Washington, January 26 : A new study authored by an Indian origin researcher suggests that a medication, which is used to activate stem cells to treat bone marrow cancer, may also offer a potential therapy for osteoporosis.
Dr. Siddhartha Mukherjee of Massachusetts General Hospital (MGH) and the Harvard Stem Cell Institute (HSCI) writes that the medicine called bortezamib (Bzb) has been found to improve bone density in a mouse model of osteoporosis during experiments.
The author says that the improvement might be attributable to the medicine's effect on the mesenchymal stem cells (MSCs), which differentiate into several types of tissues.
MSCs are found in the bone marrow, and they have the potential to develop into the bone-building osteoblasts and several other types of cells like cartilage, fat, skin and muscle.
"Stem cell therapies are often thought of as putting new cells into the body, but this study suggests that medications can turn on existing stem cells that reside in the body's tissues, acting as regenerative medicines to enhance the body's own repair mechanisms," says Dr. David Scadden, director of the MGH Center for Regenerative Medicine and HSCI co-director.
"Drugs that direct immature cells to become a particular cell type, like in this study, could potentially be very useful," he added.
In their first experiments, the researchers found that a treatment with Bzb increased several factors associated with bone formation in mice.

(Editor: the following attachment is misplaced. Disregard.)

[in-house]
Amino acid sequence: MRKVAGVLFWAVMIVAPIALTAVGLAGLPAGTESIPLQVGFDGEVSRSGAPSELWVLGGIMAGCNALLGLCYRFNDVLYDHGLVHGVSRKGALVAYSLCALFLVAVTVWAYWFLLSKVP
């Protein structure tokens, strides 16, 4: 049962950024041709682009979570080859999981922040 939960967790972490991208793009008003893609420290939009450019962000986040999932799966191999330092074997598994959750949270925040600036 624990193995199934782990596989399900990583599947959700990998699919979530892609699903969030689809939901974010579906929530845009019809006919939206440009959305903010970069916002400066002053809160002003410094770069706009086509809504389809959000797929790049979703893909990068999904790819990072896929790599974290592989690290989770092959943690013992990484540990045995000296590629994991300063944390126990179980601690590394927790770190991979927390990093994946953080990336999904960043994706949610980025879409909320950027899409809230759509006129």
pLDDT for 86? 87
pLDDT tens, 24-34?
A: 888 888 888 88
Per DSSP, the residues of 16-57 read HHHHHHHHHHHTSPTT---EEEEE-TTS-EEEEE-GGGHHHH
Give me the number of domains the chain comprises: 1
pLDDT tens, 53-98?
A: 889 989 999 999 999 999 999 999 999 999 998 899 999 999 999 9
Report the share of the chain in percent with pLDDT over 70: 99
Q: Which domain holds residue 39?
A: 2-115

Similar results were seen when cultured MSCs were treated with Bzb, but not when the drug was applied to cells that were committed to become particular cell types.
The researchers say that subsequent experiments supported their hypothesis that Bzb increases osteoblast activity and bone formation by acting on MSCs, but not on more differentiated osteoblast precursors.
They point out that current treatments for osteoporosis, which target differentiated cells like osteoblasts and the osteoclasts that break down bone, have limitations.
According to them, the ability to direct differentiation of MSCs could be a promising approach to treating osteoporosis and cancer-associated bone loss.
"If the paradigm displayed in this study holds true for other tissues, we may have options for repairing and regenerating sites affected by injury or disease with medications - that would be pretty exciting." says Scadden, who is the Gerald and Darlene Jordan Professor of Medicine at Harvard Medical School.
The study has been published in the Journal of Clinical Investigation.